Isolated jaw elements (vomers, prearticulars, premaxillae) of pycnodont fishes (Actinopterygii: Pycnodontiformes) occur frequently within the Moroccan Oulad Abdoun phosphate assemblages, although their taphonomy has remained unstudied. Recent collecting has identified two conflicting taphonomies: unetched (unaltered) and etched. Three etched jaw specimens of Phacodus punctatus Dixon, 1850 display severe pitting, corrosive marking and enamel discolouration characteristics on the bone and teeth, strongly inferring them to be regurgitalites. Regurgitalites are fossilised remains of partial or undigested skeletal elements that have been ejected from the mouth of the producer. Taphonomy of these etched specimens is attributed to partial transport through the gut of a larger vertebrate where they were partially digested before being regurgitated orally. Different macropredators in the assemblage are scored on their physiological capabilities of being the producer, with a large mosasaur like Prognathodon being the most plausible culprit. Regurgitalites are previously unreported in the formation, further adding to our understanding of the complex trophic food webs in the latest Cretaceous of Morocco. The elusive form and function of the characteristic dental ‘pits’ in the genus Phacodus are additionally investigated using thin section petrography and scanning electron microscopy (SEM).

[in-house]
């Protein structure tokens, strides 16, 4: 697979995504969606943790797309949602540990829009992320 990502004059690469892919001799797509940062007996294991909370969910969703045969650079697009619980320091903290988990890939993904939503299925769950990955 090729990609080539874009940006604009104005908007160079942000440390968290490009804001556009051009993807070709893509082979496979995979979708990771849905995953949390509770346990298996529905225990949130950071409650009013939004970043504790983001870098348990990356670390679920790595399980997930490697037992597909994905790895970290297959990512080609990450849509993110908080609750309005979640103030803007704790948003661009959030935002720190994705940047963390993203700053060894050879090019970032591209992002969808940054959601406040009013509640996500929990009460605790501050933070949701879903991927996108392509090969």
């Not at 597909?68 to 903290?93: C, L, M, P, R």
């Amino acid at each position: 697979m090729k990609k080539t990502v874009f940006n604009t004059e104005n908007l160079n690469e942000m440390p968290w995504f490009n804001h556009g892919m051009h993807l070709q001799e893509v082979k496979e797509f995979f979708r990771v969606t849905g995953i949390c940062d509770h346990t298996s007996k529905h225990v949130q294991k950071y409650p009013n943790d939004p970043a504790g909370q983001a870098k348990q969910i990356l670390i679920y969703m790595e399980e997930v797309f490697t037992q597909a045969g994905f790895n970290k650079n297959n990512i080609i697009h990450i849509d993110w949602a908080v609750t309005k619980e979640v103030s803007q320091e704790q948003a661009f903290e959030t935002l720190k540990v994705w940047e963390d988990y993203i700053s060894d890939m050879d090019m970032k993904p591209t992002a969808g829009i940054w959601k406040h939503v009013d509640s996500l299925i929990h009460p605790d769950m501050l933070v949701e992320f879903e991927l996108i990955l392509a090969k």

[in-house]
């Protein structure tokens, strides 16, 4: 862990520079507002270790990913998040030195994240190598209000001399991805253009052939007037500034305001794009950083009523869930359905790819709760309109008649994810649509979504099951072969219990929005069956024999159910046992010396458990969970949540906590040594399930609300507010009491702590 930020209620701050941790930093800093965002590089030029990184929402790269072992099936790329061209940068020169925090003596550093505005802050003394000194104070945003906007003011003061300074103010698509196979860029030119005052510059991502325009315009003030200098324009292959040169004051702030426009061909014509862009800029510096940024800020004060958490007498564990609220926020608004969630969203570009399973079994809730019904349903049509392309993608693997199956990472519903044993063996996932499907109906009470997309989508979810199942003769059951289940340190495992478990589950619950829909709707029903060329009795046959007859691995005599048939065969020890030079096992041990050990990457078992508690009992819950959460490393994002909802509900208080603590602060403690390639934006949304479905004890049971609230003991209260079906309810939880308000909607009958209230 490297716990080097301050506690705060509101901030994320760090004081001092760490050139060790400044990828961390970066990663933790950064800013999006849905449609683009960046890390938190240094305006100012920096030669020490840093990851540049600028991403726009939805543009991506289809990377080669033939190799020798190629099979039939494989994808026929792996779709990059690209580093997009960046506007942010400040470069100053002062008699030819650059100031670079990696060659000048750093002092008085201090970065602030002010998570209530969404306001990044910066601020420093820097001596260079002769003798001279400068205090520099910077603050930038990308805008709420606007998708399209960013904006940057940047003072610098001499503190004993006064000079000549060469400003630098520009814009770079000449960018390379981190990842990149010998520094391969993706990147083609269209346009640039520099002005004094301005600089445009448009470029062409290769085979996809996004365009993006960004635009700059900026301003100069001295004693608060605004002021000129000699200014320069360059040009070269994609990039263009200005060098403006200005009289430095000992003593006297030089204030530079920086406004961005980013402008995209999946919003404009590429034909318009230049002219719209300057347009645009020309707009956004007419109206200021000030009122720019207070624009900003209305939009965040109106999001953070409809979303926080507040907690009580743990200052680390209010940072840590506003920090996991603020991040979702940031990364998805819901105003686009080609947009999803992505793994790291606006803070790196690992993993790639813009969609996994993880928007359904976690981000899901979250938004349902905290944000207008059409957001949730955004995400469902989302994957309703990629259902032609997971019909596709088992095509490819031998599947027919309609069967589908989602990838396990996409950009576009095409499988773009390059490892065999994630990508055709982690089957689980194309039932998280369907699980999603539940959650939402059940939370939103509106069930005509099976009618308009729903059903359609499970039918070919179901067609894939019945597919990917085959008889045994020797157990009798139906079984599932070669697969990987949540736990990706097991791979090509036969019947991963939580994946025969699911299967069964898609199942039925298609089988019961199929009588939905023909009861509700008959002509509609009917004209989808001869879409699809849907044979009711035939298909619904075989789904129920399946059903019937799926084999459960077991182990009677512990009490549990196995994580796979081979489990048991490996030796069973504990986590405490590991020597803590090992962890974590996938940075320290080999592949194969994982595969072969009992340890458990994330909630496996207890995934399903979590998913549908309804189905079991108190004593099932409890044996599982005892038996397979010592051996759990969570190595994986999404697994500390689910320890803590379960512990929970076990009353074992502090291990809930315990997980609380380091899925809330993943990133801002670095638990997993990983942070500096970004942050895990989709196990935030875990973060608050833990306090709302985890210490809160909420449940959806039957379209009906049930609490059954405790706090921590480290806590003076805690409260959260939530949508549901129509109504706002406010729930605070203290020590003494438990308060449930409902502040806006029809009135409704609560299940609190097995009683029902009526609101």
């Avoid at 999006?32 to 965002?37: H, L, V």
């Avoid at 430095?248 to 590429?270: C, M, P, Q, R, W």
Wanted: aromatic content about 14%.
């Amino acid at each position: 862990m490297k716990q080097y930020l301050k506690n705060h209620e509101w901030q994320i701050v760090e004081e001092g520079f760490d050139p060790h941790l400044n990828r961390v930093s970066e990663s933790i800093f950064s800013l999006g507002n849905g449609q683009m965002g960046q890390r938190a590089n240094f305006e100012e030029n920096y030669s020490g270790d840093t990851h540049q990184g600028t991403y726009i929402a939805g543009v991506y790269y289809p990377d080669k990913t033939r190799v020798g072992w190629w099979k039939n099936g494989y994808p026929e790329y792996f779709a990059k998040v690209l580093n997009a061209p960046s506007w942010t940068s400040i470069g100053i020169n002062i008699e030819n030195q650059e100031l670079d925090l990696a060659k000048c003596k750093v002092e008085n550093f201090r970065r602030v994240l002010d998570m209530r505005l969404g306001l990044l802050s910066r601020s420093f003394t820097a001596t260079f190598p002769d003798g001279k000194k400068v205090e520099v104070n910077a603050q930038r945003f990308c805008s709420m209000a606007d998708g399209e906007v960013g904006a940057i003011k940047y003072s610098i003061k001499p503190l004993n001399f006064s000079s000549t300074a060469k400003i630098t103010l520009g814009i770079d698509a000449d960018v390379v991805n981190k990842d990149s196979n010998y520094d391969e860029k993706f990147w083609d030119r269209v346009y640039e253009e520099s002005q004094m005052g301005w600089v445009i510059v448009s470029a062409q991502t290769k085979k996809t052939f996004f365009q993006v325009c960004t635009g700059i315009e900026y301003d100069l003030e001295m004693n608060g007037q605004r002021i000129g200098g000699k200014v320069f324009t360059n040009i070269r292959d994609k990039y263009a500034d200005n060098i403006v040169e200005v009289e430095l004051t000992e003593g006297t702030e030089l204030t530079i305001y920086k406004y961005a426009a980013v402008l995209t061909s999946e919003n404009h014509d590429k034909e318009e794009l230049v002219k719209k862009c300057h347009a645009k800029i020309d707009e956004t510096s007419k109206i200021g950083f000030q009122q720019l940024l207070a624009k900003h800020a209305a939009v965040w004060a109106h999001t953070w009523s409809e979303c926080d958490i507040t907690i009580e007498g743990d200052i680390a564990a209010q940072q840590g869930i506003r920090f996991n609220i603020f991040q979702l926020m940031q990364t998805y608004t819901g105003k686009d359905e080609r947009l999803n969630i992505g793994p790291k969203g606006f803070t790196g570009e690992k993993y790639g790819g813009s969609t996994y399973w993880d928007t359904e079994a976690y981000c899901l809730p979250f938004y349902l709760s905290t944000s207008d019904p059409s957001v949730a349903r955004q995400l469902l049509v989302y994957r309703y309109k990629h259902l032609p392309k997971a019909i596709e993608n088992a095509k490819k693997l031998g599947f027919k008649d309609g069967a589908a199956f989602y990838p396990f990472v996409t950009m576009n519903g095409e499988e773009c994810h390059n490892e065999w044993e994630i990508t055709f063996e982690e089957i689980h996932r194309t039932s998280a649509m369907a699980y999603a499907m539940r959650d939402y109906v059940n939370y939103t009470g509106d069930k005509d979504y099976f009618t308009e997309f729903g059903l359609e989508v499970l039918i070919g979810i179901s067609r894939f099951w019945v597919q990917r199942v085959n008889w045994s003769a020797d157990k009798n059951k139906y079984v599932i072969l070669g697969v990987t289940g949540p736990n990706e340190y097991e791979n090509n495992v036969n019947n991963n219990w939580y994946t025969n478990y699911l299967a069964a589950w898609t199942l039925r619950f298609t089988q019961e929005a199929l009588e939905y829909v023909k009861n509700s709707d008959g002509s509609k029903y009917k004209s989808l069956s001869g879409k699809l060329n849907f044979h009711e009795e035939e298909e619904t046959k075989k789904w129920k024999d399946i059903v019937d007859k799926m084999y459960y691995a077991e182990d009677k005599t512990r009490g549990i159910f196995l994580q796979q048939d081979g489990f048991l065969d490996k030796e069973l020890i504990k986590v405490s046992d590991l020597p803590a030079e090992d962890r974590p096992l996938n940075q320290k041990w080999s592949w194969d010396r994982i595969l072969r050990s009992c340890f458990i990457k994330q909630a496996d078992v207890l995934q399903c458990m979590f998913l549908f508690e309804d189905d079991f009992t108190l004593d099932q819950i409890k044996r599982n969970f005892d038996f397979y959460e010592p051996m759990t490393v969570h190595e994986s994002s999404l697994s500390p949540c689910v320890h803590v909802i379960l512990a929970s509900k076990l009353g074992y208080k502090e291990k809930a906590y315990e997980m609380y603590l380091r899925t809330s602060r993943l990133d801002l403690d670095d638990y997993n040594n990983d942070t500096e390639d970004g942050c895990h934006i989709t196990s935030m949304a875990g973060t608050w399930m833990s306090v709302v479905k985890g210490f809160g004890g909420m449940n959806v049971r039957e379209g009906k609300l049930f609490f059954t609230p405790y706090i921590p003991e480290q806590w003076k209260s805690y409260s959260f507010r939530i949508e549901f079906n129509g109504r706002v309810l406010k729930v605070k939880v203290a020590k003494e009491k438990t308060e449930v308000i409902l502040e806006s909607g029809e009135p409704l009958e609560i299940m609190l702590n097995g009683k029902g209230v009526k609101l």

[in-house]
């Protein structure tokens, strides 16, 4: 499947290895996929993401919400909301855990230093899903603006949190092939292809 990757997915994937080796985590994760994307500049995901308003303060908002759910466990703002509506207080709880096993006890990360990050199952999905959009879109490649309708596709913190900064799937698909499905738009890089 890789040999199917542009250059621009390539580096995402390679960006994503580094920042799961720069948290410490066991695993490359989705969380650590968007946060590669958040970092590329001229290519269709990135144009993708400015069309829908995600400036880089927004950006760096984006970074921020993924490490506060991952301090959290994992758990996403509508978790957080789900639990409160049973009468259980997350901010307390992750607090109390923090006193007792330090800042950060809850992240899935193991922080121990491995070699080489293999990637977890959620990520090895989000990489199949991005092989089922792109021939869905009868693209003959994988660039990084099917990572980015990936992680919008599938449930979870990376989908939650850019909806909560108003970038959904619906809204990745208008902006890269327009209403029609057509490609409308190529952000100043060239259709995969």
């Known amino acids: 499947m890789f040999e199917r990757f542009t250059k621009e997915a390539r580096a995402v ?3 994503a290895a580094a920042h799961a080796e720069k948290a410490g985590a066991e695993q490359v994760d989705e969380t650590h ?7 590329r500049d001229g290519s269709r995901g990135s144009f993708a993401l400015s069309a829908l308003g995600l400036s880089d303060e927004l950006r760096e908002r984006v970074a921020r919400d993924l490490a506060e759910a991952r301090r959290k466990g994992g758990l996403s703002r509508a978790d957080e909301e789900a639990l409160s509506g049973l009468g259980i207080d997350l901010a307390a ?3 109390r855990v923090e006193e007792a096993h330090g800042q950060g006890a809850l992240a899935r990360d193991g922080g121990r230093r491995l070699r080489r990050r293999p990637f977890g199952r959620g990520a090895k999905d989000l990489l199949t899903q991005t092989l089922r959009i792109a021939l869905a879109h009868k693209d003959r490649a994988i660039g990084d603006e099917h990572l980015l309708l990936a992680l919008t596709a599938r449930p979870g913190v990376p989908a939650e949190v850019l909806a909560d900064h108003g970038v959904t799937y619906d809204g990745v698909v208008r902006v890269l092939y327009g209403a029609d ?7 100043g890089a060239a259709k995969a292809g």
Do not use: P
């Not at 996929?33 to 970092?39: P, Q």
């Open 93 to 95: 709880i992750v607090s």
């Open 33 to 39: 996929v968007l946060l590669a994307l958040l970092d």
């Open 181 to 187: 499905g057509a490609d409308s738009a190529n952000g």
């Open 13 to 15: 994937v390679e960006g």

- Late Cretaceous